### lecture

```HW 4
Nonparametric Bayesian Models
Parametric Model

Fixed number of parameters that is independent of
the data we’re fitting
y = a0 + a1 x
y = a0 + a1 x + a2 x
2
y = a0 + a1 x + a2 x + a3 x
2
...
3
Nonparametric Model


Number of free parameters grows with amount of
data
Potentially infinite dimensional parameter space
y = a0 + a1 x + a2 x + a3 x + a4 x + ...+ a¥ x
2

3
4
Only a finite subset of parameters are used in a
nonparametric model to explain a finite amount of
data
Model complexity grows with amount of data
¥
Example: k Nearest Neighbor (kNN) Classifier
?
o
x
o
x
x
o
x
?
o
x
o
?
Bayesian Nonparametric Models




Model is based on an infinite dimensional parameter
space
But utilizes only a finite subset of available parameters
on any given (finite) data set
i.e., model complexity is finite but unbounded
Typically
nonnegative function over sets
 Parameter space consists of functions or measures
 Complexity is limited by marginalizing out over surplus
dimensions


For parametric models, we do inference on random
variables θ
For nonparametric models, we do inference on
stochastic processes (‘infinite-dimensional random
variable’)
Content of most slides borrowed from
Zhoubin Ghahramani and Michael Jordan

Distributions over
 Partitions
E.g., for inferring topics when number of topics not known in
E.g., for inferring clusters when number of clusters not known in
 Directed trees of unbounded depth and breadth
E.g., for inferring category structure
 Sparse binary infinite dimensional matrices
E.g., for inferring implicit features
 Other stuff I don’t understand yet
Intuition: Mixture Of Gaussians

Standard GMM has a fixed number of components.
K
p(x;q , p ) = å p k N (x;q k )
k=1
θ: means and variances
Quiz: What sort
of prior would
you put on π?
On θ?
Intuition: Mixture Of Gaussians

Standard GMM has a fixed number of components.
K
p(x;q , p ) = å p k N (x;q k )

Equivalent form:
k=1
p(x;q , p ) = ò N (x;q ) G(q )dq
K
where G(q ) = å p kd q k (q )
k=1

G: mixing
distribution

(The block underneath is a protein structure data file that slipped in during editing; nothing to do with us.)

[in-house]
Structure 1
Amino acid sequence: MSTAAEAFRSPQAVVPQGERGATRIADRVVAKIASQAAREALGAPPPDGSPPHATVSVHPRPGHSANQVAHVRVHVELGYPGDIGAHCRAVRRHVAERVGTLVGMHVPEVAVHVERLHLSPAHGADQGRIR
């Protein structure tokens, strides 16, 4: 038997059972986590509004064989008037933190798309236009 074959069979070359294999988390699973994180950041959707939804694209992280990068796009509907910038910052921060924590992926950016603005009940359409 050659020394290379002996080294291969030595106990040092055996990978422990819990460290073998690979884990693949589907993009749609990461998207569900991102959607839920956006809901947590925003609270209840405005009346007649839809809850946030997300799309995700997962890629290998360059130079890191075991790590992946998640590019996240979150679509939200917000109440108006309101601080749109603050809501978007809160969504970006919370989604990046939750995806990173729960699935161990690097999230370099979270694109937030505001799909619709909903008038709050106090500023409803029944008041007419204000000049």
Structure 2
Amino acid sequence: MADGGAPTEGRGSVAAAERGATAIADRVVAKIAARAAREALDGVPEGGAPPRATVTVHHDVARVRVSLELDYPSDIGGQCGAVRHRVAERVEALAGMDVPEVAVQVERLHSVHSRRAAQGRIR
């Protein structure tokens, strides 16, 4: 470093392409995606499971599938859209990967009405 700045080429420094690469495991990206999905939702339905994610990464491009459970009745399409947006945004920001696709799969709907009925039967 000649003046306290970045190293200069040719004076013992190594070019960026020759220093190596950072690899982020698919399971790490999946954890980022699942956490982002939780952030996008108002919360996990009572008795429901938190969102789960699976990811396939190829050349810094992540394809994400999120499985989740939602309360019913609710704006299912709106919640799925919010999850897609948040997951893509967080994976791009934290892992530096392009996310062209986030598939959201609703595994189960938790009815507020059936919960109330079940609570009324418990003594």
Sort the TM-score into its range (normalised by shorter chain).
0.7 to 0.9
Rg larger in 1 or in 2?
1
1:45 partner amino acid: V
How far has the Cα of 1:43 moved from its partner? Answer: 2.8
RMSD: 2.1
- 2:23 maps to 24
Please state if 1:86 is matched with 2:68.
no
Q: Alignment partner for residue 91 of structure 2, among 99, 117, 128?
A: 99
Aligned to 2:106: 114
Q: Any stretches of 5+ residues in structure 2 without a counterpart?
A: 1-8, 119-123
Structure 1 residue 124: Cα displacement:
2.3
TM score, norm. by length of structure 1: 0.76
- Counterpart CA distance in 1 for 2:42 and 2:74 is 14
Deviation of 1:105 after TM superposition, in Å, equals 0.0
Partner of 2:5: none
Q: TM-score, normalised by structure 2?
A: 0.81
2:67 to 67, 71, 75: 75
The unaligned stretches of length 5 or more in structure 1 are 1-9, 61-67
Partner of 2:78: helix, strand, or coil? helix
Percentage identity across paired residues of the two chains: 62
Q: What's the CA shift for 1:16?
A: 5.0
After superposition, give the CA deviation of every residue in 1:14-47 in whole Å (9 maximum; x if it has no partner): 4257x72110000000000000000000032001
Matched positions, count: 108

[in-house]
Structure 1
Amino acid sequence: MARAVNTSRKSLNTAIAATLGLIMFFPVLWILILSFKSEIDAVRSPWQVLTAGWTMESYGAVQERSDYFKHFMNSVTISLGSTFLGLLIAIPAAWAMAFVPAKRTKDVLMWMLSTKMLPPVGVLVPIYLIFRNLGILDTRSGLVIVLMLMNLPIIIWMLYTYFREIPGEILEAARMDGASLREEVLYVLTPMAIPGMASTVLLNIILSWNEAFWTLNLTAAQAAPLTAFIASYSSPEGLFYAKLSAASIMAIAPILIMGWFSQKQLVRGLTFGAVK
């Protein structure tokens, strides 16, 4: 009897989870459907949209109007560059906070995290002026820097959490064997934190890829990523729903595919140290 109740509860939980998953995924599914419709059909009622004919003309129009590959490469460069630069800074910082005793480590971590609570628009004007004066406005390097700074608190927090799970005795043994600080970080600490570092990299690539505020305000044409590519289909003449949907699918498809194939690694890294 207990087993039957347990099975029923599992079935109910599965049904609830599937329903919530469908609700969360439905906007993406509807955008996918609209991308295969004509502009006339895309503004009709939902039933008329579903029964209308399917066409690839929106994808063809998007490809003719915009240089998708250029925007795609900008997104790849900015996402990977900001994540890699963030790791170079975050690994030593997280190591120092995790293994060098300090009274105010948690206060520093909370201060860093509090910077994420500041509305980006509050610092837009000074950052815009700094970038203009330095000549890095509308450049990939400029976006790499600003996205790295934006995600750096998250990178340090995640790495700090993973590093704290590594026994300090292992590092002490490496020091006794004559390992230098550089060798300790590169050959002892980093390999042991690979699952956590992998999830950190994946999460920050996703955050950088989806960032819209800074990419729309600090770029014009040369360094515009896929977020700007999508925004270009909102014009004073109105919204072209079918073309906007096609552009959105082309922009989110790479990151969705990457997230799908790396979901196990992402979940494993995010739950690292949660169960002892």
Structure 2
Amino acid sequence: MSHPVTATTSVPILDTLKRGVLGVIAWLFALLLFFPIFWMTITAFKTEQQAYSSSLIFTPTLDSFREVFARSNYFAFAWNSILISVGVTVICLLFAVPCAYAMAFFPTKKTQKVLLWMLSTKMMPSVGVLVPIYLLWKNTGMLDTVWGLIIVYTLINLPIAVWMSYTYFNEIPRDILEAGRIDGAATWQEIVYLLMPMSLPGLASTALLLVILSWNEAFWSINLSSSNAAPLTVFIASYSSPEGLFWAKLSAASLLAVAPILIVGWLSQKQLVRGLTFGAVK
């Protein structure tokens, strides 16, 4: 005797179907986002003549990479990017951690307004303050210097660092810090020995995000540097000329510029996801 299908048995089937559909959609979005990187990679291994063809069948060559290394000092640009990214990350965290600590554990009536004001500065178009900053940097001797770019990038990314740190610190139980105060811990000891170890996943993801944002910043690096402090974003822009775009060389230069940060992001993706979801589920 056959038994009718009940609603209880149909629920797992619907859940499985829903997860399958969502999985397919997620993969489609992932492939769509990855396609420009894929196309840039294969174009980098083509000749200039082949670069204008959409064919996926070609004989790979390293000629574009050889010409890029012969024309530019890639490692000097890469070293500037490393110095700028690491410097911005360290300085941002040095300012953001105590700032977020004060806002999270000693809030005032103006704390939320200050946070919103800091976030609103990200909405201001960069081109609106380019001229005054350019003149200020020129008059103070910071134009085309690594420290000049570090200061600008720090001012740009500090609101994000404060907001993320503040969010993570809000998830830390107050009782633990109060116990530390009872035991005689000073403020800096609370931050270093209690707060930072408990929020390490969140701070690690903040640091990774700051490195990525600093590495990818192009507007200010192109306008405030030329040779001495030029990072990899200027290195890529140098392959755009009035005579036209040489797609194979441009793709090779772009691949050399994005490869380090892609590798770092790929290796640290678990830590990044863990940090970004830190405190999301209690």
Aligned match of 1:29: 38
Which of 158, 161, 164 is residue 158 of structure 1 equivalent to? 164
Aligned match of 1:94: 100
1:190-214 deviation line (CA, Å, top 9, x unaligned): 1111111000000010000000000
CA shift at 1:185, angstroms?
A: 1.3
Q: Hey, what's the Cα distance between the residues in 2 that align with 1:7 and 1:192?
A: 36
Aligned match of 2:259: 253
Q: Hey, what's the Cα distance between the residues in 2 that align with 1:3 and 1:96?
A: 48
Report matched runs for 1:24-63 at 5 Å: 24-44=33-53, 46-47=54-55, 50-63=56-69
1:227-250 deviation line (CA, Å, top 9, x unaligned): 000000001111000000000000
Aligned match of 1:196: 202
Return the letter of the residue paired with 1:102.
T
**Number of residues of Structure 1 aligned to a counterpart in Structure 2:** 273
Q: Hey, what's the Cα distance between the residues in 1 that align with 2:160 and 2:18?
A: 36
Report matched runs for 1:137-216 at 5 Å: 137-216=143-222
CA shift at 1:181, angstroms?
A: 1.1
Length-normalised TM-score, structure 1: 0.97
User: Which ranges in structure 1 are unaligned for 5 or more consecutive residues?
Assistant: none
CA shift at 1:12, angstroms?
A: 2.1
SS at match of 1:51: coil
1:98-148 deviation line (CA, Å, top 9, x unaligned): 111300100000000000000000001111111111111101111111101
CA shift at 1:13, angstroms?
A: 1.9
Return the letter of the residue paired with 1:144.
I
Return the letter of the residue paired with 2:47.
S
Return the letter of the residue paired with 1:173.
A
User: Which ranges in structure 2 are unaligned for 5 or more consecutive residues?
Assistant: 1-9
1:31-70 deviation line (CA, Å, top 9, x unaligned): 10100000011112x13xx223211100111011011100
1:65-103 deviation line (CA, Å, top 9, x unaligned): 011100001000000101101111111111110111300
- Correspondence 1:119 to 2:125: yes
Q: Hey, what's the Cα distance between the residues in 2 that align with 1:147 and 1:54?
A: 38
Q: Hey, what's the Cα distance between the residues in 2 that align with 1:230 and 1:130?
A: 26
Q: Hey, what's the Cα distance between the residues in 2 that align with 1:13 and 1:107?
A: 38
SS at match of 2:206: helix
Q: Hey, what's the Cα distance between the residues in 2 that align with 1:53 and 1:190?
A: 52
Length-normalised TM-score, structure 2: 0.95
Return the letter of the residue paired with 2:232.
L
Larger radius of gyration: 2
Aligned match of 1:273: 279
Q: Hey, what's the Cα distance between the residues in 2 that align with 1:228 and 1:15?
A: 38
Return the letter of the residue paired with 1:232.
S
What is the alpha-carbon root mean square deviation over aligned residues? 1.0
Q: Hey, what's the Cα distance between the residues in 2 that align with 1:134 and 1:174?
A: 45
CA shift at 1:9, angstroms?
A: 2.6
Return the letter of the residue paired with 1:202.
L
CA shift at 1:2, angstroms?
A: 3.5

¥
G(q ) = å p kd q k (q )
k=1
= 1 unit of
probability
mass iff θk=θ
Being Bayesian
¥
G(q ) = å p kd q k (q )
k=1

Can we define a prior over π?
Yes: stick-breaking process

Can we define a prior over the mixing distribution G?
Yes: Dirichlet process
Stick Breaking

Imagine breaking a stick by recursively breaking off
bits of the remaining stick

Formally, define infinite sequence of beta RVs:
b k ~ Beta(1,a ) for k = 1, 2, ...

And an infinite sequence based on the {βi}
p 1 = b1
k-1
p k = b k Õ (1 - b l )
l=1

Produces distribution on countably infinite space
Dirichlet Process

Stick breaking gave us
å



infinite dimensional
Dirichlet distribution
¥
p
=
1
k
k=1
For each k we draw θk ~ G0
And define a new function
The distribution of G is known
as a Dirichlet process
G ~ DP(α, G0)
Borrowed from Gharamani tutorial
Dirichlet Process

Stick breaking gave us
å



¥
p
=
1
k
k=1
For each k we draw θk ~ G0
And define a new function




QUIZ
For GMM, what is θk?
For GMM, what is θ?
For GMM, what is a draw
from G?
For GMM, how do we get
draws that have fewer
mixture components?
GMM, how do we set
The distribution of G is known For
G0?
as a Dirichlet process


G ~ DP(α, G0)

What happens to G as
α->?
Dirichlet Process II

For all finite partitions (A1, A2, A3, …, AK) of Θ,

if G ~ DP(α, G0)
function


What is G(Ai)?
Note: partitions do not have to be
exhaustive
Drawing From A Dirichlet Process

DP is a distribution over discrete distributions
G ~ DP(α, G0)

Therefore, as you draw more points
from G, you are more likely to get
repetitions.
φi ~ G

So you can think about a DP as inducing a partitioning of the points
by equality
φi = φ3 = φ4 ≠ φ2 = φ5

Chinese restaurant process (CRP) induces the corresponding
distribution over these partitions
CRP: generative model for (1) sampling from DP, then (2) sampling from G
How does this relate to GMM?
Chinese Restaurant Process:
Informal Description
Borrowed from Jordan lecture
Chinese Restaurant Process:
Formal Description
meal (instance)
meal (type)
1
5
θ1
3
2
4
θ2
θ3
6
θ4
Borrowed from Gharamani tutorial

Rich get richer phenomenon
The popular tables are more likely to attract new patrons
